In February 1920, the Estmerish launched the Roberts-Rushford Offensives, on the northern and southern part of the front respectively. The twin offensives were the first to feature large-scale use of landships, and the first to see use of poison gas. They were highly successful: Sunrosian forces were almost expelled from Estmere by June. With internal troubles rising and casualties accumulating, the Sunrosian military concluded on a final counter-offensive under Paulus von Kalwis, aiming to gain a favourable position to end the war on. Using of infiltration tactics with attacktroopers, military aviation, panzers, and poison gas, the Sunrosian forces succeeded in regaining most of the territory lost in the previous offensives by October.

However, the Sunrosian victory was short-lived. Facing massive mutinies in the army, anti-conscription and anti-war protests throughout the entire country, and nearing economic collapse, Waldriek was forced to resign and his successor Kaspar von Stenhofen sought immediate peace with Estmere. The Armistice of Warminster was signed on 23 November 1921, although hostilities sporadically continued for two more days, and Sunrosian forces retreated to the pre-war border. The war officially came to an end two weeks later with the signing of the Treaty of Rimmington, concluding the war with what essentially amounted to a status quo ante bellum with neither side obtaining concessions from the other.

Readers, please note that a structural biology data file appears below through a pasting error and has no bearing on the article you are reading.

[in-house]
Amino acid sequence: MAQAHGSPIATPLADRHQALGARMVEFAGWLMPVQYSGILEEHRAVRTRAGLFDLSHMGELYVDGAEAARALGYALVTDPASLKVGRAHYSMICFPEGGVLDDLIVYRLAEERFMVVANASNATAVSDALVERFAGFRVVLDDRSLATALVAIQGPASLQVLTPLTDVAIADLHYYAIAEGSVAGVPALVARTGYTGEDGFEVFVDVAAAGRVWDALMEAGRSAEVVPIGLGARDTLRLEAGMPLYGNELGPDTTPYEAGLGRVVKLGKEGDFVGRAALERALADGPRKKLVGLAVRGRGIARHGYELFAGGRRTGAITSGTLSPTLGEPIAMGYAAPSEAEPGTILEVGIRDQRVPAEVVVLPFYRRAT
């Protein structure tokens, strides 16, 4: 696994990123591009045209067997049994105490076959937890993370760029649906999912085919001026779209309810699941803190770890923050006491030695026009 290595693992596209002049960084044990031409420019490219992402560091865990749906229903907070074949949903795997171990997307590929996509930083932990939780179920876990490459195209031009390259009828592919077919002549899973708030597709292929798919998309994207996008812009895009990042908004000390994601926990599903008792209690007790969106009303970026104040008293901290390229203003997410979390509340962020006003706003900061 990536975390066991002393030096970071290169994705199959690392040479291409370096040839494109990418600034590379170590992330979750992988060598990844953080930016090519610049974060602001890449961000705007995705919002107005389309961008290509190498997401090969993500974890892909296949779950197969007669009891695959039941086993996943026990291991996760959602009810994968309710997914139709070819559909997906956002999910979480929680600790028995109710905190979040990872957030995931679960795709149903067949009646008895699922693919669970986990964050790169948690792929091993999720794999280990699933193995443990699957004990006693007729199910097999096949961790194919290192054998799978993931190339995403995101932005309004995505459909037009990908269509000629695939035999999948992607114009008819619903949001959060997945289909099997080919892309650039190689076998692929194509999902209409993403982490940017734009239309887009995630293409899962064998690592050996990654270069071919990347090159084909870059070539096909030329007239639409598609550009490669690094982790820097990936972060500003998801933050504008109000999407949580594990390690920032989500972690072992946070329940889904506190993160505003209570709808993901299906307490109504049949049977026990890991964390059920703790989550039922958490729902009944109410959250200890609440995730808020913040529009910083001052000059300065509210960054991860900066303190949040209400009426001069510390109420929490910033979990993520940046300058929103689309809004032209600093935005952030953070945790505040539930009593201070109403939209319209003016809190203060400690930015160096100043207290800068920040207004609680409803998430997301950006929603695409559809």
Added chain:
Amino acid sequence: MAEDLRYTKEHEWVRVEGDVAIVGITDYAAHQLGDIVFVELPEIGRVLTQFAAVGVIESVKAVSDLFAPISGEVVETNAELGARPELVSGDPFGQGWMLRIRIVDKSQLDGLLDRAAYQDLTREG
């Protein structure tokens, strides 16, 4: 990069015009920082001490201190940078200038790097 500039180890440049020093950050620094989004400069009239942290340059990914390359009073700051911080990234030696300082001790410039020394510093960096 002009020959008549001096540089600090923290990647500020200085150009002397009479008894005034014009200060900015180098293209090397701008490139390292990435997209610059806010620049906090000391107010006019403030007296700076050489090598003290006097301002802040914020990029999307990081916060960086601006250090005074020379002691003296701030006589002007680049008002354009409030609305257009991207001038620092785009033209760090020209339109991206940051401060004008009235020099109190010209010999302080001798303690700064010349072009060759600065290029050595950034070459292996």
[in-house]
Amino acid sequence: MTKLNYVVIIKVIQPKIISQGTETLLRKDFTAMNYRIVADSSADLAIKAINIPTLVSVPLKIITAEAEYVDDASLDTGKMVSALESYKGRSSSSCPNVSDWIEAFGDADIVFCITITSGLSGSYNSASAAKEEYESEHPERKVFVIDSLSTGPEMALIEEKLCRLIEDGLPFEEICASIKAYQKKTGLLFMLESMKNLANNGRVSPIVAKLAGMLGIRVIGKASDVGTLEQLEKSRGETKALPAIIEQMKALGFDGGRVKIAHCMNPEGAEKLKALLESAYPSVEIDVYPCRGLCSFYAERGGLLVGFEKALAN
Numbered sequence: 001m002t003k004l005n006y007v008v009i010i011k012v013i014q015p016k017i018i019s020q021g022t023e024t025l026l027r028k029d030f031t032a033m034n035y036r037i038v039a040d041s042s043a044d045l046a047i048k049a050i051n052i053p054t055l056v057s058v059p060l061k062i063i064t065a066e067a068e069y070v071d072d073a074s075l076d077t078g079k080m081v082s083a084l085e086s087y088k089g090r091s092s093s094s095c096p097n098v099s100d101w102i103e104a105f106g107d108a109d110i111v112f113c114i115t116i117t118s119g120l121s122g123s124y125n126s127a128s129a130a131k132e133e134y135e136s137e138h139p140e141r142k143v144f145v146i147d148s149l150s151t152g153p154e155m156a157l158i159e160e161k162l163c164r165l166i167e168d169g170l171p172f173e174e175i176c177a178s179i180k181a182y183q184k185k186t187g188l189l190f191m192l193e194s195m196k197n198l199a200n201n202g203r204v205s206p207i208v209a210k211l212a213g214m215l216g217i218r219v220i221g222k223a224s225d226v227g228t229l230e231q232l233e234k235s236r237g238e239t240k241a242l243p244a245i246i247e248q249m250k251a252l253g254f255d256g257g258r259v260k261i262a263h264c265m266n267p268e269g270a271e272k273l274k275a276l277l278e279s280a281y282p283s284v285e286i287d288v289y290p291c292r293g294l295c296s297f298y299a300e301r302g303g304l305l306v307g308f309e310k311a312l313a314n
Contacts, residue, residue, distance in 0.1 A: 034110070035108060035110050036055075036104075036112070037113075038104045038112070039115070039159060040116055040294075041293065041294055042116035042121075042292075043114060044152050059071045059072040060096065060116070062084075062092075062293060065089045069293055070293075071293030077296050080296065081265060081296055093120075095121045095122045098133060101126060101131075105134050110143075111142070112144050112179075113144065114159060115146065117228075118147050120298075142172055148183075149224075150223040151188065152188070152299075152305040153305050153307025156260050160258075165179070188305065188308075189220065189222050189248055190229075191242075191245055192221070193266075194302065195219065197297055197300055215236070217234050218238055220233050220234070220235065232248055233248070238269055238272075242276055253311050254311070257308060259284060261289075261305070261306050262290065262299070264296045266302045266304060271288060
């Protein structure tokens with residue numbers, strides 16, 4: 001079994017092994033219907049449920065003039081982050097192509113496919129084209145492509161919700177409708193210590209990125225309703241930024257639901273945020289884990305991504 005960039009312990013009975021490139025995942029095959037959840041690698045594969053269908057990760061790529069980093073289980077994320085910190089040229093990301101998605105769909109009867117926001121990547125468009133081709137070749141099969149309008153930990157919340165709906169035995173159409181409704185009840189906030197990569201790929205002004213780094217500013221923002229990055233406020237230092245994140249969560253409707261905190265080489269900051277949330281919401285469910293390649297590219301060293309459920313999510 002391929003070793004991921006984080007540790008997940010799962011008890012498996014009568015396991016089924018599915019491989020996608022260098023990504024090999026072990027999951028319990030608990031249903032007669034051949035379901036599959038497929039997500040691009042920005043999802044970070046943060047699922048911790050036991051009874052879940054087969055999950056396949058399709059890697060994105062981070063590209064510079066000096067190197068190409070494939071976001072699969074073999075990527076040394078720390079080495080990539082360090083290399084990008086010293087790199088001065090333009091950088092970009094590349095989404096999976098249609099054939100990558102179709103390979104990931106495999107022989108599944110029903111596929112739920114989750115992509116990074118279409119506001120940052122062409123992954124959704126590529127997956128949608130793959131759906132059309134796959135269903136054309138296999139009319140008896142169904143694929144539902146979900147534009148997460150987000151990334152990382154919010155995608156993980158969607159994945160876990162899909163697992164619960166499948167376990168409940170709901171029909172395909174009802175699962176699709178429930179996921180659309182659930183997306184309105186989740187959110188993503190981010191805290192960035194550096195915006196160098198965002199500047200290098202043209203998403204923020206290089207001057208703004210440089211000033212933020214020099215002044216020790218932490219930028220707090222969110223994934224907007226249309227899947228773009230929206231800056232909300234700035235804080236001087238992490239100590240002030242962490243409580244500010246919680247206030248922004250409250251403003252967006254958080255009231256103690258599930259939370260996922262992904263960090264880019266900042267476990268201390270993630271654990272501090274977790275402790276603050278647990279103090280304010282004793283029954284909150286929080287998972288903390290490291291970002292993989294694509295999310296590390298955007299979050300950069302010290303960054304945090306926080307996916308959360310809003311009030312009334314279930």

Estmere, despite technically winning the war, couldn't gain anything out its victory, and had its weaknesses exposed to the world yet failed to act on them. The massive casualties suffered, coupled with the legacy of the violent occupation of Western Estmere led to a low will to fight for fear of experiencing a similar conflict when Gaullica invaded in the early stages of the Great War. In the Sunrosian Monarchy, the internal situation continued to deteriorate, with the anti-war protests that had gotten violent following the Leneys Street Incident in the last month of the war culminating in the proclamation of the the Panswetanian Council Republic on 30 November and a successful socialist revolution by January 1922.

The Airdale War was the first major war between industrialised powers in the 20th century, and showcased numerous doctrinal and technological military developments, including the birth of armoured warfare and military aviation. Military attachés served as observers with the forces of both side, and brought home knowledge of the conditions in which a modern total war would be fought - to such an extent the war is often called a dress rehearsal for the Great War that would take place a mere six years later.

Names

Background

Course of the war

Initial Sunrosian offensive

War of the Trenches

Estmerish offensives

Sunrosian Summer Offensive

Aftermath

Foreign support

Technology

Legacy